Gay Issues

Punish Atlanta Braves Coach Roger McDowell for Anti-Gay Slurs

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NEW YORK --- The Gay & Lesbian Alliance Against Defamation (GLAAD), the nation’s lesbian, gay, bisexual and transgender (LGBT) media advocacy and anti-defamation organization, called for disciplinary action after Atlanta Braves Pitching Coach Roger McDowell issued an apology regarding allegations that he directed anti-gay slurs at a group of male fans and made violent threats before the Braves played the San Francisco Giants over the weekend. GLAAD also reached out to officials with the Atlanta Braves.

"I am deeply sorry that I responded to the heckling fans in San Francisco on Saturday. I apologize to everyone for my actions," McDowell said in a statement on Wednesday evening.

“McDowell’s apology is a start, but the Atlanta Braves and Major League Baseball must take real disciplinary action and send the message that anti-gay slurs have no place in sports,” said GLAAD President Jarrett Barrios. “Professional sporting events should be an environment that all fans and families can enjoy, not a place where children are exposed to violent threats and discriminatory language.”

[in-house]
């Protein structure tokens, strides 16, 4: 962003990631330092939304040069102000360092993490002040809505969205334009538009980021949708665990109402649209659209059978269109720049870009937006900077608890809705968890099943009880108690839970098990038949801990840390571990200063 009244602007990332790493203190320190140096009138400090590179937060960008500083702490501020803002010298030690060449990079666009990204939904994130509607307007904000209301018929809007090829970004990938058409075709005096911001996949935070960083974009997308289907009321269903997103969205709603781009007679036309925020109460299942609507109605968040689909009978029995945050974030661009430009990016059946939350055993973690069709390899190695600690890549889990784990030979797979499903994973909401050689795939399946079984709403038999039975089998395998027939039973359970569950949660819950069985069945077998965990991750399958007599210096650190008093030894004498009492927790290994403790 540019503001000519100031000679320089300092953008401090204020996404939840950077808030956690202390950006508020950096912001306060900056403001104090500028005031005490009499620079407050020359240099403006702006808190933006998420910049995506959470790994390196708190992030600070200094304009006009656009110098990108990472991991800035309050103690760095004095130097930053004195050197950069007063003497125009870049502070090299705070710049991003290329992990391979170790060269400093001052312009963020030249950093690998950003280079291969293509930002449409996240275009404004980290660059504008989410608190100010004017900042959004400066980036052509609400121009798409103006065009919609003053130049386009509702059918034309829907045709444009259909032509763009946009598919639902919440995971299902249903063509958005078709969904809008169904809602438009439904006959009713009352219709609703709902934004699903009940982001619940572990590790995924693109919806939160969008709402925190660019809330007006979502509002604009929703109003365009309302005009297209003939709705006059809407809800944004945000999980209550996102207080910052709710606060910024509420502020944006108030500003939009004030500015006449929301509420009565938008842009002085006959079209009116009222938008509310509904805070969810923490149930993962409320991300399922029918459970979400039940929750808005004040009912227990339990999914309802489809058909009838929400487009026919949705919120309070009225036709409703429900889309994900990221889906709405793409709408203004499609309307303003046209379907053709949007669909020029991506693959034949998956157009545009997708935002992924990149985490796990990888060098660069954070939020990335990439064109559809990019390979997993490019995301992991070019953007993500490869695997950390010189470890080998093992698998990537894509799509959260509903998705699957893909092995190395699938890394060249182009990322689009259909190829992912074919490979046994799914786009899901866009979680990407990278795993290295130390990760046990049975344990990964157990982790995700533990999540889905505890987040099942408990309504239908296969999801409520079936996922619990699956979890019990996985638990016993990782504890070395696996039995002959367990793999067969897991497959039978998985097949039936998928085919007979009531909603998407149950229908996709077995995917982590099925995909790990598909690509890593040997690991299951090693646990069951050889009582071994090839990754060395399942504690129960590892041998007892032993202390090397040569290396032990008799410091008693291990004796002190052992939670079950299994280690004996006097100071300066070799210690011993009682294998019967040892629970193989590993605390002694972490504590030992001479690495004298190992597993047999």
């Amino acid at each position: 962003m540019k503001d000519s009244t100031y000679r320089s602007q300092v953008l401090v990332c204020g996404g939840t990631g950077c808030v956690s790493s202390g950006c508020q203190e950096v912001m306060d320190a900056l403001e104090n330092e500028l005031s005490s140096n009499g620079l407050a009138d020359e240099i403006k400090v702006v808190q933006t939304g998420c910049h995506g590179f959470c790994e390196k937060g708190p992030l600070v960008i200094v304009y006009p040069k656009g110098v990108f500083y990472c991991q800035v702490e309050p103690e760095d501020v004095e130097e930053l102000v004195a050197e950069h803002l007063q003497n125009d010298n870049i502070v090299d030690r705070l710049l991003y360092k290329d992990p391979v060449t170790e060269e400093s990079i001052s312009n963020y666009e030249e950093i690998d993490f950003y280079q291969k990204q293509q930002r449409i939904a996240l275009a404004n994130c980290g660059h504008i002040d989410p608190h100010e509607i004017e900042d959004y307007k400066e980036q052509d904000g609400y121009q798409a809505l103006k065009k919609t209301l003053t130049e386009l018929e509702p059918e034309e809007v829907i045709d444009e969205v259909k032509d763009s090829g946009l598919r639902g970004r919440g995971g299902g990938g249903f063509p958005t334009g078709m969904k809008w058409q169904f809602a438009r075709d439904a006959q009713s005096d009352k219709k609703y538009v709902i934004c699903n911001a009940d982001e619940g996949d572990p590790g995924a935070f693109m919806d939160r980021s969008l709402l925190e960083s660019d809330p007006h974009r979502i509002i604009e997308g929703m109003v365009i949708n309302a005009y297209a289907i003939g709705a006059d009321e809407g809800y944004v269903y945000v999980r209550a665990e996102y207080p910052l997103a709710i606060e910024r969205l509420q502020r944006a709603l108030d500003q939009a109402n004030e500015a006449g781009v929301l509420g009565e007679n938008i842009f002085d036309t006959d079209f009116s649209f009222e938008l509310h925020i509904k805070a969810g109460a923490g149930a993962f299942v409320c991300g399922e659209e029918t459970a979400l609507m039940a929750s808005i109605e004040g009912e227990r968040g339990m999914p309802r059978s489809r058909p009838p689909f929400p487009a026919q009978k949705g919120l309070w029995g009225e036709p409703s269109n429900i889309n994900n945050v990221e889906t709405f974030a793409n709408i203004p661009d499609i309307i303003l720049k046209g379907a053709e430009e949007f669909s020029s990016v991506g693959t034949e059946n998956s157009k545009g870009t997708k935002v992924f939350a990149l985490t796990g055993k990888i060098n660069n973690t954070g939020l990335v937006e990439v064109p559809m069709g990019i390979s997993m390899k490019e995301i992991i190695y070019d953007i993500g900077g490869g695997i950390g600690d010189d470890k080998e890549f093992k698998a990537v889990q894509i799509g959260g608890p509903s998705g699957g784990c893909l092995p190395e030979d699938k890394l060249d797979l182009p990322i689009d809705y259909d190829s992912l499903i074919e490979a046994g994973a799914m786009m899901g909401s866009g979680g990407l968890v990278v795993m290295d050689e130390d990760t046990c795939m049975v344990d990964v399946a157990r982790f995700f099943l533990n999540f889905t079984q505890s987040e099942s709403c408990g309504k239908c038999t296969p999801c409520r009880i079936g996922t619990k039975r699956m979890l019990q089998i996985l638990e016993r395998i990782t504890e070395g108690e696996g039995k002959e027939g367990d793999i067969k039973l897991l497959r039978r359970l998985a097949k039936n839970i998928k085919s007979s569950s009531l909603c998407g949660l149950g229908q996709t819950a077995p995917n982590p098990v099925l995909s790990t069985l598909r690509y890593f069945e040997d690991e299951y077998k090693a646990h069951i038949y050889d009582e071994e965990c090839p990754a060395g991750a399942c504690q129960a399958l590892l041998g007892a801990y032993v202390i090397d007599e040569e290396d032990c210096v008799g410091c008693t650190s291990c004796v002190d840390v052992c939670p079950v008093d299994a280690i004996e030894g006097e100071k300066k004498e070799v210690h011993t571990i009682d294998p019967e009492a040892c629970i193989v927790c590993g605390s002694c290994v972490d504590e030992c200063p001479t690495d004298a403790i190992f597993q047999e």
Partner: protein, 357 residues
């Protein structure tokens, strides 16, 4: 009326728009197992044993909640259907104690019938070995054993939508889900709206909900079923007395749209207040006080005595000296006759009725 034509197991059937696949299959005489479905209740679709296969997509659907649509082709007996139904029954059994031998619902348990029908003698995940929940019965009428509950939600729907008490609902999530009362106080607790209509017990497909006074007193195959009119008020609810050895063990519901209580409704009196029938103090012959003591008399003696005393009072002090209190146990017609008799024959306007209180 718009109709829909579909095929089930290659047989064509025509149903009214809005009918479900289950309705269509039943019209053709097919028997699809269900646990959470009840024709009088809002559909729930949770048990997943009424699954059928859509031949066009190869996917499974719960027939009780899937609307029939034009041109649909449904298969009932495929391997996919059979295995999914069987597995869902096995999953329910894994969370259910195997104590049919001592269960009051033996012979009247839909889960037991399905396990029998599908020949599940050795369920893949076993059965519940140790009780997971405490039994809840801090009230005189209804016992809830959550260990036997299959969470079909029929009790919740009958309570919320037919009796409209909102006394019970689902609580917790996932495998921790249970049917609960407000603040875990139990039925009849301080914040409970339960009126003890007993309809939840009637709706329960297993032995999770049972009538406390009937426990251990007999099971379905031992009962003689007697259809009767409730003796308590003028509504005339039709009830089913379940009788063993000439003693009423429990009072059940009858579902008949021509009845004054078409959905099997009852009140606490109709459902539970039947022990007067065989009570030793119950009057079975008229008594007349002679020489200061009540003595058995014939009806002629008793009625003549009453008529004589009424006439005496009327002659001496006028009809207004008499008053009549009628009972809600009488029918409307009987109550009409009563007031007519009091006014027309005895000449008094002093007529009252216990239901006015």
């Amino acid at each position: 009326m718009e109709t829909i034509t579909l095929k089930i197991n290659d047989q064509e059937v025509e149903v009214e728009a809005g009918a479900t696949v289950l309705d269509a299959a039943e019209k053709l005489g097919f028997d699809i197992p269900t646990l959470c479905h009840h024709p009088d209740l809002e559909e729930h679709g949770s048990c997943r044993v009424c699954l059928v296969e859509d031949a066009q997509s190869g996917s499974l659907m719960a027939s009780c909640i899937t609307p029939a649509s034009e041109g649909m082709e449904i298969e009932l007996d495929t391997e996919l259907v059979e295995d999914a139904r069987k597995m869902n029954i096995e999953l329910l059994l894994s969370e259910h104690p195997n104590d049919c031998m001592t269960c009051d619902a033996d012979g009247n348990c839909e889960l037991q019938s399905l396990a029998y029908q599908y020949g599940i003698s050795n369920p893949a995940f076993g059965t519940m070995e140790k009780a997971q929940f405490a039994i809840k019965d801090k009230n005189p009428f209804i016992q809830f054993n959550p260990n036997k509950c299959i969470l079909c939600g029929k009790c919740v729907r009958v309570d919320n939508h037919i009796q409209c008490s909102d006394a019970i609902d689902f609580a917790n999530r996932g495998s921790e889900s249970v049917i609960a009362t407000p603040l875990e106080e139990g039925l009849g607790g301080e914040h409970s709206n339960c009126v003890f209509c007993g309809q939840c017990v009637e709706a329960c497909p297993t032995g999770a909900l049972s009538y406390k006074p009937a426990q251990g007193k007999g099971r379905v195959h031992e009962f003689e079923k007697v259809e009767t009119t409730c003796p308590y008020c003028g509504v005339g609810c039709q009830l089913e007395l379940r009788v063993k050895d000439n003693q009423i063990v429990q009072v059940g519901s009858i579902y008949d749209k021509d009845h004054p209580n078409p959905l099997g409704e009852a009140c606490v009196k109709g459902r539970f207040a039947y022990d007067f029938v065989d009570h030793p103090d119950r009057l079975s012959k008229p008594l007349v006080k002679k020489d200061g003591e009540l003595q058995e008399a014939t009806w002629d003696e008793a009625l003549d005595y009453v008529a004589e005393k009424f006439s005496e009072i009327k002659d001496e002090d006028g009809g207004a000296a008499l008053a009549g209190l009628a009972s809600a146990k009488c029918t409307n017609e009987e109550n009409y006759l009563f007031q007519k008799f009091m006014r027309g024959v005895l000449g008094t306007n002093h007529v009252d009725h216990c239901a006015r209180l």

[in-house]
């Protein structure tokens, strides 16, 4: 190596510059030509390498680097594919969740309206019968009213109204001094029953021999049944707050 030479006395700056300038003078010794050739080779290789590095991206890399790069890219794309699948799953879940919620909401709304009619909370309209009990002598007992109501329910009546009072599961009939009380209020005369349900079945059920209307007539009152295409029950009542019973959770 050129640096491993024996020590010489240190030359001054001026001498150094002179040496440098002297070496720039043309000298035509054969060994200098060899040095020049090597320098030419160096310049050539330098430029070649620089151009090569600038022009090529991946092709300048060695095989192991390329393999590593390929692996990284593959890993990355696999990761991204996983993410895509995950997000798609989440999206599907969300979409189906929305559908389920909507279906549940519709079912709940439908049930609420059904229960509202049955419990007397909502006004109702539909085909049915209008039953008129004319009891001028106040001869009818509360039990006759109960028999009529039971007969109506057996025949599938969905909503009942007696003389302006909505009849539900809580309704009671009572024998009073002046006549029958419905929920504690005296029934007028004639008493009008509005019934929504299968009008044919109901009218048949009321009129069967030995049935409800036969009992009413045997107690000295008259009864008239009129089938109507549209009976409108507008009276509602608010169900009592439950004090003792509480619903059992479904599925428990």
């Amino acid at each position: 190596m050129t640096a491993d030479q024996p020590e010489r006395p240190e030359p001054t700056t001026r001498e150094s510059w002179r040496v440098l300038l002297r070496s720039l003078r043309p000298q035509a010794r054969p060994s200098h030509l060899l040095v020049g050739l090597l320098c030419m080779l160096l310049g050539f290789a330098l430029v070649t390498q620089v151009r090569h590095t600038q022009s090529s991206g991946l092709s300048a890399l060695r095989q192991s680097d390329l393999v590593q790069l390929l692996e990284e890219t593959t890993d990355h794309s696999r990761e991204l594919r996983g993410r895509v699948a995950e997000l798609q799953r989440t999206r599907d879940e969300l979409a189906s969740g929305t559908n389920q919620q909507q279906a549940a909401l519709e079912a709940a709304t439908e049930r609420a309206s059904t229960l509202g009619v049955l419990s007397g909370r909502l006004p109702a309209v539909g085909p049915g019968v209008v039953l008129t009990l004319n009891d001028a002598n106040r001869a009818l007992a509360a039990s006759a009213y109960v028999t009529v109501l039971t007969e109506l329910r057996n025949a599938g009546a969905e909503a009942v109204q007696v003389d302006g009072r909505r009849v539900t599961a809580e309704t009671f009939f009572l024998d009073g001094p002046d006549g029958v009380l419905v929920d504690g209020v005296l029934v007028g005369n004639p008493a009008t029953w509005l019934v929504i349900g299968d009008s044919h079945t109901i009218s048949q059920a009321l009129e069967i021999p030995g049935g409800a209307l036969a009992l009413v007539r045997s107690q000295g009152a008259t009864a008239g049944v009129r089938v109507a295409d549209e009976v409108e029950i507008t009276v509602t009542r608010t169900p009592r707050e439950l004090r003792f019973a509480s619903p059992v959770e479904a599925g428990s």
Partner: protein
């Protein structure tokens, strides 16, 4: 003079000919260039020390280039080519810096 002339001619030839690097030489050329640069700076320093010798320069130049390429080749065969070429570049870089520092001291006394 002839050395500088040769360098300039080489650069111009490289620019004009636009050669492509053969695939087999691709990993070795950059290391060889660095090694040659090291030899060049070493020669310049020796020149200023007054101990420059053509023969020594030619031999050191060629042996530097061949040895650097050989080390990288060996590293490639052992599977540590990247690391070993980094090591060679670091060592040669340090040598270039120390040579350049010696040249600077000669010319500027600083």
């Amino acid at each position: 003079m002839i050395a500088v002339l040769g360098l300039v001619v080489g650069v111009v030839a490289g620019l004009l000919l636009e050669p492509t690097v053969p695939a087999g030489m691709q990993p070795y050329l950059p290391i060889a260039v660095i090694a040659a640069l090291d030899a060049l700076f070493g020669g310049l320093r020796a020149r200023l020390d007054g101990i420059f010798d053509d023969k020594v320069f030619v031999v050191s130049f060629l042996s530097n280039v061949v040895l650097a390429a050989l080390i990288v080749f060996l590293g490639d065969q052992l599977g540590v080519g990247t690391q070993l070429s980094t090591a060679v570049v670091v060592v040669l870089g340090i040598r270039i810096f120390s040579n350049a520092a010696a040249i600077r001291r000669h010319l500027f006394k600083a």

On Wednesday, attorney Gloria Allred announced the allegations in a news conference on Wednesday — representing Justin Quinn, his wife and two young daughters who stated that they watched McDowell make anti-gay remarks at a group of male fans. Quinn said that McDowell proceeded to make crude gestures with his hips and a bat. McDowell then allegedly told Quinn that children do not belong at a baseball park. He then picked up a bat, approached Quinn and asked him, "How much are your teeth worth?"

Following the news conference, GLAAD called on the MLB and Braves to investigate the allegations immediately. "As more and more sports teams refuse to allow this sort of behavior, we urge the Atlanta Braves and Major League Baseball to investigate this matter immediately and work towards ensuring the safety of all fans and players,” said GLAAD President Jarrett Barrios.

Earlier this month, GLAAD worked with the NBA and Los Angeles Lakers to take action after Kobe Bryant shouted an anti-gay slur at a referee. More information on that work is available here:  http://www.glaad.org/releases/04152011lalakers.

Recently, GLAAD worked with the New York Yankees and World Wrestling Entertainment (WWE) to address issues of homophobia in sports. After working with GLAAD, the New York Yankees adopted a new policy that strictly prohibits anti-gay slurs in Yankee Stadium.

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